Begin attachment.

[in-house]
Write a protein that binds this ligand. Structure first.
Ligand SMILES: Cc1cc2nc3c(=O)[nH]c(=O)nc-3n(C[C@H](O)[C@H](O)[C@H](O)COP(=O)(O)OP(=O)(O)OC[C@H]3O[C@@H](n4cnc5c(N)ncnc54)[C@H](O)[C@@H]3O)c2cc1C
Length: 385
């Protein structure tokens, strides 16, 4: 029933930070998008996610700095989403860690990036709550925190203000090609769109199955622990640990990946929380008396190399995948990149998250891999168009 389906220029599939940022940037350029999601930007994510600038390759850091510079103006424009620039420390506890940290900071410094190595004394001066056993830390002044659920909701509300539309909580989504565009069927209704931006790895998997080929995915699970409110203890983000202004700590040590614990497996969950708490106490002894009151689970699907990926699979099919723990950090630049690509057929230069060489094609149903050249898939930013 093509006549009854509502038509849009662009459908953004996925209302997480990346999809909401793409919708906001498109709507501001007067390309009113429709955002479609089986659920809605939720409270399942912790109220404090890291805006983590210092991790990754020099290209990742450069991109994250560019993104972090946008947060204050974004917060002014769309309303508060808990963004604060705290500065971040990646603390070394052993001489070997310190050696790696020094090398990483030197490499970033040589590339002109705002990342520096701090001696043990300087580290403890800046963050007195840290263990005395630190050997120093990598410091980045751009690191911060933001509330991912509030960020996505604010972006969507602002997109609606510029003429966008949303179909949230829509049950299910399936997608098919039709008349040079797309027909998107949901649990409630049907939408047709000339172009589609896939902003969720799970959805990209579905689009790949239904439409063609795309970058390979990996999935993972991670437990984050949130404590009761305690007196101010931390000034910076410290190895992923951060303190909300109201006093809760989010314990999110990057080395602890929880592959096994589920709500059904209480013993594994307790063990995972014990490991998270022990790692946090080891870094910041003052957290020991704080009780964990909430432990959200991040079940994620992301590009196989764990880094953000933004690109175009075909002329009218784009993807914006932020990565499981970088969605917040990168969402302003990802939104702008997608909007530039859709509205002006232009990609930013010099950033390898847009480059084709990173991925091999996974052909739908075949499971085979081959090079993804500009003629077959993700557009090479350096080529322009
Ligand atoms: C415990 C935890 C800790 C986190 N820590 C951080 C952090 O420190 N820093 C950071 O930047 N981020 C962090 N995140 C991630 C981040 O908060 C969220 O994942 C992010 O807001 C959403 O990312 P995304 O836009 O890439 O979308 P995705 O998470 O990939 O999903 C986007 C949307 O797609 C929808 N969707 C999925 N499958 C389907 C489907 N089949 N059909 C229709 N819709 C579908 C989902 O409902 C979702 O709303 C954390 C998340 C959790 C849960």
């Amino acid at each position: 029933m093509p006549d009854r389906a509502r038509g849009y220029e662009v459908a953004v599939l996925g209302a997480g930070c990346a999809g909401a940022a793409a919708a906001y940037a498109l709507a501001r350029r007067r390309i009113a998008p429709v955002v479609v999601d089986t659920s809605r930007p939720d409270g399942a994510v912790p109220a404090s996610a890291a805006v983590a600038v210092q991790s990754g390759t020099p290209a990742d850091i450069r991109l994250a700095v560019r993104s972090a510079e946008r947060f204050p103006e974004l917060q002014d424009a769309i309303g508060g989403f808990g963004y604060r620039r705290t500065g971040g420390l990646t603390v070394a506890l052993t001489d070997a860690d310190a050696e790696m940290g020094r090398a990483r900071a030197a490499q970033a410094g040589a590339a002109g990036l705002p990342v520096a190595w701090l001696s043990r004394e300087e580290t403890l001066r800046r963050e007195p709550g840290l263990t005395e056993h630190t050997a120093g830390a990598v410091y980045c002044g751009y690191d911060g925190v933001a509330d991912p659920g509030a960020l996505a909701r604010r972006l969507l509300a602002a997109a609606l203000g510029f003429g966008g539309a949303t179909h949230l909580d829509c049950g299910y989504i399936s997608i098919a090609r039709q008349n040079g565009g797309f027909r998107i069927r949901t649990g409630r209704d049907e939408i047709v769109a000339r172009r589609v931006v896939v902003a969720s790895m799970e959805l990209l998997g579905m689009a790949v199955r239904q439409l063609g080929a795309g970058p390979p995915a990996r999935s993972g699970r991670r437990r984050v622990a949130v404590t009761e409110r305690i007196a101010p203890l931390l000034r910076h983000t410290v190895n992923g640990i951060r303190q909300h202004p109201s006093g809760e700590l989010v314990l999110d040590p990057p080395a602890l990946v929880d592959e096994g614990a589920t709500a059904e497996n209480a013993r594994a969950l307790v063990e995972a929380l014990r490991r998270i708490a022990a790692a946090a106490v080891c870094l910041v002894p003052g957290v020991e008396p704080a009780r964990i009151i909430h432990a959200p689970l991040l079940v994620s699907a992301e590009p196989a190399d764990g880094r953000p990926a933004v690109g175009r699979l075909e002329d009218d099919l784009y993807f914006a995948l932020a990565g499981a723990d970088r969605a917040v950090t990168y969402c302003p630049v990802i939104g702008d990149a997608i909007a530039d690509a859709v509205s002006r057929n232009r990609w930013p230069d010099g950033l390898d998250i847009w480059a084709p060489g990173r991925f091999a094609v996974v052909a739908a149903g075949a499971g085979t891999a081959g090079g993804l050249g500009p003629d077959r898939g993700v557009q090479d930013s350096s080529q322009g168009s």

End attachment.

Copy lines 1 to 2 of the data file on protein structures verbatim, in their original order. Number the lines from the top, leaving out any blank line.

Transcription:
[in-house]
Write a protein that binds this ligand. Structure first.